Tuesday, June 14, 2016

X As A Signature

Jennifer talks about signing your name...

Yesterday, Ana mentioned how X is used as a signature and that got me thinking. Well, honestly, I’d thought of X as a signature the night before as I was drifting to sleep, so technically, Ana reminded me, but I digress.

Before people learned to write, or for those unable to write, X is an acceptable form of one’s signature. I’m not quite sure why, since anyone can use it. It was often used by women who weren’t taught to write. It was definitely used by the lower classes.

It stuck in my mind because I’ve been filling out a lot of forms recently, which require signatures. Even my kids have had to sign the forms, and what strikes me is the look of their signature. Cursive is still taught in school, but not for very long. My kids type almost everything they do, and they much prefer printing to writing in cursive, so their signatures look like little kids are signing their names, even though they’re teenagers and one is almost legal, at least when it comes to forms.

As authors, we sign our books for book signings and when we give our books to someone we know (whether as a gift or not). If we just signed “X,” how would the reader feel? I know as a reader, I love when I get a personalized message from an author I know and like. An “X” wouldn’t be as meaningful.

I have some author friends who ask me to sign my books but not to write messages because they may want to use my book in a giveaway of theirs. While I love the idea of getting my books in front of other eyes, there is a small part of me that feels weird when they actually admit they’re not going to keep my book. Is it the same as admitting you’ve returned a gift or given it away? I’m not sure, but it feels like it sometimes.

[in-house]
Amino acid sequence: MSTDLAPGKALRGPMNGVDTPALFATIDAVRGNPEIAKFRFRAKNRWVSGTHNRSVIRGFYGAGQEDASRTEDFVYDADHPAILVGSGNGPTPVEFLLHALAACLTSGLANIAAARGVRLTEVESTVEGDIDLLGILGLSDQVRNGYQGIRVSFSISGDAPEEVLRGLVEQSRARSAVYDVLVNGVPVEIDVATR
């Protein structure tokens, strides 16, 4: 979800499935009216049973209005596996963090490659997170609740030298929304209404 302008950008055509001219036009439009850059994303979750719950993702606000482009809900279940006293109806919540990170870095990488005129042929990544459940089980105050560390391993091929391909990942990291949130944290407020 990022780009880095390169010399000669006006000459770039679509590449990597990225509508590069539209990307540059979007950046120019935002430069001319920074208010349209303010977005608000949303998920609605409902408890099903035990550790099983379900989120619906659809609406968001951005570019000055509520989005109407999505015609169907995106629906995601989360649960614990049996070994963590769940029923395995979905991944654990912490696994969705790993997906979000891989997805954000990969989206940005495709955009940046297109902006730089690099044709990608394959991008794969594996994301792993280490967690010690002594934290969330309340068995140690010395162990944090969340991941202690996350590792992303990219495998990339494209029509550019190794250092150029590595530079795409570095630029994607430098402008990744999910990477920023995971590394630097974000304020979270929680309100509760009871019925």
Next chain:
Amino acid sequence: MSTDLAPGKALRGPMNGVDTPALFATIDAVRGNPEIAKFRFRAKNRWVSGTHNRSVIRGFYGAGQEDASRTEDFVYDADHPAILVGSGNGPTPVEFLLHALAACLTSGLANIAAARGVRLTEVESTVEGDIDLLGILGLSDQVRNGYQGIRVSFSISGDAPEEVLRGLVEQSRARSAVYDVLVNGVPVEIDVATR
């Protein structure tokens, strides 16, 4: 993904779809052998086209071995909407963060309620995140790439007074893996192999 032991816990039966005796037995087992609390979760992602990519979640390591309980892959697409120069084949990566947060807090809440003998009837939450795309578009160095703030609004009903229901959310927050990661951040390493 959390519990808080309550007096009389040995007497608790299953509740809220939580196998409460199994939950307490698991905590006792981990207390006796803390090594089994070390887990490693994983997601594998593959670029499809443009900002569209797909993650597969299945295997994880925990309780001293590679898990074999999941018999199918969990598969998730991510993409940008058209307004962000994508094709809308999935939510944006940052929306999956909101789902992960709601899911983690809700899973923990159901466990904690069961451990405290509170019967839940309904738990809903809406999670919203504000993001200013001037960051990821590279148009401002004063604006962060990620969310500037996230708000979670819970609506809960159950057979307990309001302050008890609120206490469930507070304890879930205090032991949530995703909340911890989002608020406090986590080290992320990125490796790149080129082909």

One of the nicest things an established author did for me when I had my first book published was give me a roll of “Signed by author” stickers. She was happy for me and said I’d need them. Every time I sign my books, I think of her and her kindness. Someday, I’ll pass that roll (or a similar one) onto someone else.


Our signatures are more than an X. They are our identity.

8 comments:

  1. Lots of interesting thoughts here, Jen.
    Twice in my life, I deliberately changed how I formed the letters in my signature. I practiced until it became natural. I don't recall if I was undergoing an internal transition at those two times.
    What would a reader think if authors autographed their books how doctors scribble prescriptions?

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    1. I'm not sure a doctor takes as much pride in his or her signature on a prescription as a writer does on his or her own book. So hopefully, ours are clearer!

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  2. I don't like it when I can't read people's signatures. Are they too lazy to write clearly, or in too much of a hurry?

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    1. Might also just be ability. I laugh because my husband has handwriting that is so bad, he often can't read it himself.

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  3. I had to learn a new signature when I chose my pen-name!

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    1. Oh, that could be fun! I remember playing around with mine when I was a child.

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  4. I often think that soon we will be returning to the days of 'make your mark on the line' if we discontinue the teaching of cursive in schools.

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    1. Agreed. I'm so sad it's not taught more.

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